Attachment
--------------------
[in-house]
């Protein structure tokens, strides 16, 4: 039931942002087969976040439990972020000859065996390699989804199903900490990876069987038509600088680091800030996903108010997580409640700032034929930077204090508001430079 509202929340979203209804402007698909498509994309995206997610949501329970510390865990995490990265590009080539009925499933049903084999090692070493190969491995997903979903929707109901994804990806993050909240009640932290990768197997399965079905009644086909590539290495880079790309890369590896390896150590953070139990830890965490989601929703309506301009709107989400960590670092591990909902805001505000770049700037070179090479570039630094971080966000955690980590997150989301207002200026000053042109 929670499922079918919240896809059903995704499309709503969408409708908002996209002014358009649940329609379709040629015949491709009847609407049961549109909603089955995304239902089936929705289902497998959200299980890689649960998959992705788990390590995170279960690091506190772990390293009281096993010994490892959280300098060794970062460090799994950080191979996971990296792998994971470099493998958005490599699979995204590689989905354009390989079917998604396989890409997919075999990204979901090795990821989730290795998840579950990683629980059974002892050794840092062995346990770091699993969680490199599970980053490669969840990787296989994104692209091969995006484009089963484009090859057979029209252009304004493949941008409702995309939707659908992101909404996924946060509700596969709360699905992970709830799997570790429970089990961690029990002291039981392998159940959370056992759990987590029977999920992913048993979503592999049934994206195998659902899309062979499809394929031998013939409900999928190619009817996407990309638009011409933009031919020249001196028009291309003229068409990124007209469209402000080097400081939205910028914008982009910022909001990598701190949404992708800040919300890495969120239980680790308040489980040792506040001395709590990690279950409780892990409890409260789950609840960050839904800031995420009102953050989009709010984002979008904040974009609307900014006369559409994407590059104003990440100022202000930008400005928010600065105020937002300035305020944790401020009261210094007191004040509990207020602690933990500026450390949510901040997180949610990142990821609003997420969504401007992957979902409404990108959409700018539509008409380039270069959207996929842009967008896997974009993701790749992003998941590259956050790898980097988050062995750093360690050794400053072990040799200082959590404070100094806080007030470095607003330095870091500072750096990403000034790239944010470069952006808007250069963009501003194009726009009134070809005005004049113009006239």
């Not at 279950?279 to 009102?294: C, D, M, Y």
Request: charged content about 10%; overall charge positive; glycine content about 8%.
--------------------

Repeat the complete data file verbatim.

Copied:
[in-house]
């Protein structure tokens, strides 16, 4: 039931942002087969976040439990972020000859065996390699989804199903900490990876069987038509600088680091800030996903108010997580409640700032034929930077204090508001430079 509202929340979203209804402007698909498509994309995206997610949501329970510390865990995490990265590009080539009925499933049903084999090692070493190969491995997903979903929707109901994804990806993050909240009640932290990768197997399965079905009644086909590539290495880079790309890369590896390896150590953070139990830890965490989601929703309506301009709107989400960590670092591990909902805001505000770049700037070179090479570039630094971080966000955690980590997150989301207002200026000053042109 929670499922079918919240896809059903995704499309709503969408409708908002996209002014358009649940329609379709040629015949491709009847609407049961549109909603089955995304239902089936929705289902497998959200299980890689649960998959992705788990390590995170279960690091506190772990390293009281096993010994490892959280300098060794970062460090799994950080191979996971990296792998994971470099493998958005490599699979995204590689989905354009390989079917998604396989890409997919075999990204979901090795990821989730290795998840579950990683629980059974002892050794840092062995346990770091699993969680490199599970980053490669969840990787296989994104692209091969995006484009089963484009090859057979029209252009304004493949941008409702995309939707659908992101909404996924946060509700596969709360699905992970709830799997570790429970089990961690029990002291039981392998159940959370056992759990987590029977999920992913048993979503592999049934994206195998659902899309062979499809394929031998013939409900999928190619009817996407990309638009011409933009031919020249001196028009291309003229068409990124007209469209402000080097400081939205910028914008982009910022909001990598701190949404992708800040919300890495969120239980680790308040489980040792506040001395709590990690279950409780892990409890409260789950609840960050839904800031995420009102953050989009709010984002979008904040974009609307900014006369559409994407590059104003990440100022202000930008400005928010600065105020937002300035305020944790401020009261210094007191004040509990207020602690933990500026450390949510901040997180949610990142990821609003997420969504401007992957979902409404990108959409700018539509008409380039270069959207996929842009967008896997974009993701790749992003998941590259956050790898980097988050062995750093360690050794400053072990040799200082959590404070100094806080007030470095607003330095870091500072750096990403000034790239944010470069952006808007250069963009501003194009726009009134070809005005004049113009006239």
């Not at 279950?279 to 009102?294: C, D, M, Y």
Request: charged content about 10%; overall charge positive; glycine content about 8%.